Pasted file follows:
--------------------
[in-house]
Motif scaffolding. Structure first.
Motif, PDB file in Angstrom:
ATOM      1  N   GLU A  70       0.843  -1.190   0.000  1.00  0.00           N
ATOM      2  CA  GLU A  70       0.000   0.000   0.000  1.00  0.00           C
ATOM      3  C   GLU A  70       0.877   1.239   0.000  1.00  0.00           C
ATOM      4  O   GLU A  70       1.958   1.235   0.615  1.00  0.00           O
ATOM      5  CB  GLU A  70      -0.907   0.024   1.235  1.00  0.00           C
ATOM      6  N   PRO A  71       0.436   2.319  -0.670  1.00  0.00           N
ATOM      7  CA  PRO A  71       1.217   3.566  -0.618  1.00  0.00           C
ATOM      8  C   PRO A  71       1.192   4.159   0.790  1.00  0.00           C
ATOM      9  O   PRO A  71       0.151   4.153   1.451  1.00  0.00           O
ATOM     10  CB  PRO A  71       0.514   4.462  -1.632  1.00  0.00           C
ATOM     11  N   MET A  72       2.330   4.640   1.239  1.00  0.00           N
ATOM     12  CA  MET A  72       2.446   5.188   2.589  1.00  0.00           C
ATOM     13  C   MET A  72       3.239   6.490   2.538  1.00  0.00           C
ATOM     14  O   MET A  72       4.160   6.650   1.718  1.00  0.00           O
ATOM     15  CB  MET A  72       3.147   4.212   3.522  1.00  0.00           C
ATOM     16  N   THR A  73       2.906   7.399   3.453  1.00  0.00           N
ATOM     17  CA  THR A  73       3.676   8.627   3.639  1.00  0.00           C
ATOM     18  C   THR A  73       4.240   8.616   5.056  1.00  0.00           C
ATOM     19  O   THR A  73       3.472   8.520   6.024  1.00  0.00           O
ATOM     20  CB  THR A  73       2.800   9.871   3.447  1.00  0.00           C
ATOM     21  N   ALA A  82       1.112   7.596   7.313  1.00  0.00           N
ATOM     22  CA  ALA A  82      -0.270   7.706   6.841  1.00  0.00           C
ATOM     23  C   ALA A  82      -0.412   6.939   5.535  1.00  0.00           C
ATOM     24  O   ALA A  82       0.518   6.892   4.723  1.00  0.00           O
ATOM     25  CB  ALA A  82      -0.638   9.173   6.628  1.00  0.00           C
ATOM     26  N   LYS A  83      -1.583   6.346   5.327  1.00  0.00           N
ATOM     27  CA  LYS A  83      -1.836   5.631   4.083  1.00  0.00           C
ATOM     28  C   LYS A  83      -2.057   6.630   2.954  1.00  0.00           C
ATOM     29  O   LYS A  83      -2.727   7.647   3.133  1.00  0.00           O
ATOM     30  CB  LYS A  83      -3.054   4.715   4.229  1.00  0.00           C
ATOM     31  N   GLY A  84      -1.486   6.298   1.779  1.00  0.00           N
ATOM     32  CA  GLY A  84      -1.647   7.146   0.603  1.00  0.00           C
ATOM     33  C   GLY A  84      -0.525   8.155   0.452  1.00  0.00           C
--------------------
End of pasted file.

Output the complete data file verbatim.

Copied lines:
[in-house]
Motif scaffolding. Structure first.
Motif, PDB file in Angstrom:
ATOM      1  N   GLU A  70       0.843  -1.190   0.000  1.00  0.00           N
ATOM      2  CA  GLU A  70       0.000   0.000   0.000  1.00  0.00           C
ATOM      3  C   GLU A  70       0.877   1.239   0.000  1.00  0.00           C
ATOM      4  O   GLU A  70       1.958   1.235   0.615  1.00  0.00           O
ATOM      5  CB  GLU A  70      -0.907   0.024   1.235  1.00  0.00           C
ATOM      6  N   PRO A  71       0.436   2.319  -0.670  1.00  0.00           N
ATOM      7  CA  PRO A  71       1.217   3.566  -0.618  1.00  0.00           C
ATOM      8  C   PRO A  71       1.192   4.159   0.790  1.00  0.00           C
ATOM      9  O   PRO A  71       0.151   4.153   1.451  1.00  0.00           O
ATOM     10  CB  PRO A  71       0.514   4.462  -1.632  1.00  0.00           C
ATOM     11  N   MET A  72       2.330   4.640   1.239  1.00  0.00           N
ATOM     12  CA  MET A  72       2.446   5.188   2.589  1.00  0.00           C
ATOM     13  C   MET A  72       3.239   6.490   2.538  1.00  0.00           C
ATOM     14  O   MET A  72       4.160   6.650   1.718  1.00  0.00           O
ATOM     15  CB  MET A  72       3.147   4.212   3.522  1.00  0.00           C
ATOM     16  N   THR A  73       2.906   7.399   3.453  1.00  0.00           N
ATOM     17  CA  THR A  73       3.676   8.627   3.639  1.00  0.00           C
ATOM     18  C   THR A  73       4.240   8.616   5.056  1.00  0.00           C
ATOM     19  O   THR A  73       3.472   8.520   6.024  1.00  0.00           O
ATOM     20  CB  THR A  73       2.800   9.871   3.447  1.00  0.00           C
ATOM     21  N   ALA A  82       1.112   7.596   7.313  1.00  0.00           N
ATOM     22  CA  ALA A  82      -0.270   7.706   6.841  1.00  0.00           C
ATOM     23  C   ALA A  82      -0.412   6.939   5.535  1.00  0.00           C
ATOM     24  O   ALA A  82       0.518   6.892   4.723  1.00  0.00           O
ATOM     25  CB  ALA A  82      -0.638   9.173   6.628  1.00  0.00           C
ATOM     26  N   LYS A  83      -1.583   6.346   5.327  1.00  0.00           N
ATOM     27  CA  LYS A  83      -1.836   5.631   4.083  1.00  0.00           C
ATOM     28  C   LYS A  83      -2.057   6.630   2.954  1.00  0.00           C
ATOM     29  O   LYS A  83      -2.727   7.647   3.133  1.00  0.00           O
ATOM     30  CB  LYS A  83      -3.054   4.715   4.229  1.00  0.00           C
ATOM     31  N   GLY A  84      -1.486   6.298   1.779  1.00  0.00           N
ATOM     32  CA  GLY A  84      -1.647   7.146   0.603  1.00  0.00           C
ATOM     33  C   GLY A  84      -0.525   8.155   0.452  1.00  0.00           C